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Solving an integration equation with unknown kernel

  1. Jul 13, 2013 #1
    I am pondering over how to solve the following (seemingly nonstandard) integral equation.

    Let h(t) be a known function which is non-negative, strictly increasing and satisfies that h(t) → 0 as t→-∞ and h(t)→1 as t→∞. Indeed, h(t) can be viewed as a cumulative distribution function for a continuous random variable.

    Let K be a given positive integer. The problem is to find the function f(x) satisfying that

    h(t) = ∫(F(t+x)^K)f(x)dx

    where the integral is taken from -∞ to ∞, F is a functional of f and satisfies F(y)=∫f(x)dx where the integral is taken from -∞ to y. The function f to be solved is positive with support on the whole real line and is integrated to 1 over its support. Indeed, f is viewed as a density of a continuous random variable whose cumulative distribution function is F. There is a location constraint on the solution f that should satisfy that ∫xf(x)dx=0. Namely, the expectation of the random variable with density f should be zero.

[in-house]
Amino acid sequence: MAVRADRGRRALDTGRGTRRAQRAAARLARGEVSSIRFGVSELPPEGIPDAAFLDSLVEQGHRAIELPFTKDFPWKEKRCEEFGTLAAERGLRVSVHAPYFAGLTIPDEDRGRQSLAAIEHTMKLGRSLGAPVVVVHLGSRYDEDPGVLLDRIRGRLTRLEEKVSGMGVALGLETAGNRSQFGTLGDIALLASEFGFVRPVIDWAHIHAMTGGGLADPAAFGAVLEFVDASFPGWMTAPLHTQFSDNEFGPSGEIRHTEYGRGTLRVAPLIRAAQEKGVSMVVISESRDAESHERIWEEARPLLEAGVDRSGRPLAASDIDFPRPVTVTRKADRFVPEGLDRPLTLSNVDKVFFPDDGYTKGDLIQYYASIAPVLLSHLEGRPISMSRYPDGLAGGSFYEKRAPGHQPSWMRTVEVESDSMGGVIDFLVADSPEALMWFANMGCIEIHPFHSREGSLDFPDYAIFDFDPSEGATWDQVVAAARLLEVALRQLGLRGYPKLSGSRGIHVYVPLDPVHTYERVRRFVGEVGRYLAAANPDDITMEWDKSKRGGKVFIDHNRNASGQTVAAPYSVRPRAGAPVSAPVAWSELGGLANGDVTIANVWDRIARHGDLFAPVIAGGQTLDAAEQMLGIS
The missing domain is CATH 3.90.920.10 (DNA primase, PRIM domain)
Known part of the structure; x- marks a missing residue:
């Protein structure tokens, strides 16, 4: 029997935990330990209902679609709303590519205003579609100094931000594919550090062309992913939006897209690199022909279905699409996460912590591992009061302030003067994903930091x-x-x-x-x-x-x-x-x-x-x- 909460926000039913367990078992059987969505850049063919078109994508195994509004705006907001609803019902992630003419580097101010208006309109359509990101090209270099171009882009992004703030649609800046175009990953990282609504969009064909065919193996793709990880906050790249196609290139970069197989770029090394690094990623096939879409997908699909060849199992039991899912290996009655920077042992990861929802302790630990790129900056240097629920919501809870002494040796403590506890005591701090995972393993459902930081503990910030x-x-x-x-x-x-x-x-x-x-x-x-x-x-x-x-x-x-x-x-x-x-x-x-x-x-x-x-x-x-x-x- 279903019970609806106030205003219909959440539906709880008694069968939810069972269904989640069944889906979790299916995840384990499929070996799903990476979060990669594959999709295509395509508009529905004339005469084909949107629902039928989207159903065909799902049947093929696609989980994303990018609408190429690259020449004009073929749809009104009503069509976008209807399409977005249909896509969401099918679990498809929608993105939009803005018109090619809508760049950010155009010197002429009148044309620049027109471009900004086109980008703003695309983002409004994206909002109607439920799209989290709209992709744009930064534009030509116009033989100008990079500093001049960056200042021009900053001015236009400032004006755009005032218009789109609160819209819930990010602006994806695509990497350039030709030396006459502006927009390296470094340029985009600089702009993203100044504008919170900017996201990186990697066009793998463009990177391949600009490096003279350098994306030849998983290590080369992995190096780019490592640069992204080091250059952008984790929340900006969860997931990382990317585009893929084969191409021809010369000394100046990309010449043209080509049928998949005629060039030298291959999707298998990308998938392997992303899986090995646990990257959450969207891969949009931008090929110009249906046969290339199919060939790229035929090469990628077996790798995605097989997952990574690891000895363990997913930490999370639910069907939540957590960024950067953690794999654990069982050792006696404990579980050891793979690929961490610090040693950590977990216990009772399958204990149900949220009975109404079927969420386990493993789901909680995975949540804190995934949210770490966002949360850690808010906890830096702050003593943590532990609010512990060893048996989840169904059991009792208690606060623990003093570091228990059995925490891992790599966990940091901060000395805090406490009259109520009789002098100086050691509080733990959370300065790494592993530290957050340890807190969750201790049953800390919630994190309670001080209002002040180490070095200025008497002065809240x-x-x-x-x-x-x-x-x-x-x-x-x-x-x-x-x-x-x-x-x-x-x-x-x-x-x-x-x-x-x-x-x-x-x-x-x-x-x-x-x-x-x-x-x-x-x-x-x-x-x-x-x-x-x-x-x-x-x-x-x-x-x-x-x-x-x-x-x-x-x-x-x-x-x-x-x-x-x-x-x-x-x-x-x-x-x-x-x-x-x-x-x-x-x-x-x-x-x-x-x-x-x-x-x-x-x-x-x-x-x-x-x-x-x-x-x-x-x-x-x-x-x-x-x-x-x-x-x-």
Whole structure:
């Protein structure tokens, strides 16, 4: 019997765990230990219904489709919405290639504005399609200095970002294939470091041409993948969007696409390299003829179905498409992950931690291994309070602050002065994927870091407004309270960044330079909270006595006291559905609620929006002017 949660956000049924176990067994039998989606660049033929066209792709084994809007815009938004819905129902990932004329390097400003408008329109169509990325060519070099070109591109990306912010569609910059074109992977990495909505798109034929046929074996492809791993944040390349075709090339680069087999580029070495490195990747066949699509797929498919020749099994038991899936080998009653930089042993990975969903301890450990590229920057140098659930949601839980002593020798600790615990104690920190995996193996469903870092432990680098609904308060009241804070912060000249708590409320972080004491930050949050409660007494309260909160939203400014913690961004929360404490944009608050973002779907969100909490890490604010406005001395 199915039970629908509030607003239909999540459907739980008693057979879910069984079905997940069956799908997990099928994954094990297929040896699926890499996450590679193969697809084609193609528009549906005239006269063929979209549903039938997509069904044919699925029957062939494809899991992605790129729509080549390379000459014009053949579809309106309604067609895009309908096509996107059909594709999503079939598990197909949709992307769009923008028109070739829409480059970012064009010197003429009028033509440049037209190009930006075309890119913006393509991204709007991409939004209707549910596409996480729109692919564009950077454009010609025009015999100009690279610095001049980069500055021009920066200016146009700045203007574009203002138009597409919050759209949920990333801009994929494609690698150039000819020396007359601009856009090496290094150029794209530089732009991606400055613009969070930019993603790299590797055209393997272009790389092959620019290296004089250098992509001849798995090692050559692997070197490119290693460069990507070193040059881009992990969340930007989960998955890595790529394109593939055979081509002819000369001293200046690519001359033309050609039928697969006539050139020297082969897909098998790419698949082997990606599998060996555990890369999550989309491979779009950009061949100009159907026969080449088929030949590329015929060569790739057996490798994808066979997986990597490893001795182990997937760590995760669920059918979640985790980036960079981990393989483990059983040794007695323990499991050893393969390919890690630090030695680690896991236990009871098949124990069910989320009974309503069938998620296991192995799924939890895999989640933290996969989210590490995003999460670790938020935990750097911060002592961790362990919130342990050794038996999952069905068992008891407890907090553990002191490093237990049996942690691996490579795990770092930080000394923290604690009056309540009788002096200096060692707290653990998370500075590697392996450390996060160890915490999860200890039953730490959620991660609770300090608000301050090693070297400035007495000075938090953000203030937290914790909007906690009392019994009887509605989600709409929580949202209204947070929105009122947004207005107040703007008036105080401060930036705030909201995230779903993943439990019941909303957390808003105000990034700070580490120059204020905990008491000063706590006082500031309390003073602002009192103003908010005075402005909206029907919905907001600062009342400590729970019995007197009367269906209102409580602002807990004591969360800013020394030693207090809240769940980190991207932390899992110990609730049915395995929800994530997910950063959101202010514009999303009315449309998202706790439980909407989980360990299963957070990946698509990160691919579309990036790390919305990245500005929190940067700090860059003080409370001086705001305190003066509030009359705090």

The integral equation seems nonstandard since the kernel F(t+x) is unknown though it depends only on f.

    Could anyone suggest how to deal with this problem ?

    Thank you very much !
  2. jcsd
  3. Jul 13, 2013 #2

    Stephen Tashi

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    Science Advisor

    What does the corresponding differential equation say? (I'm not implying that this is a good hint, I'm just curious.)
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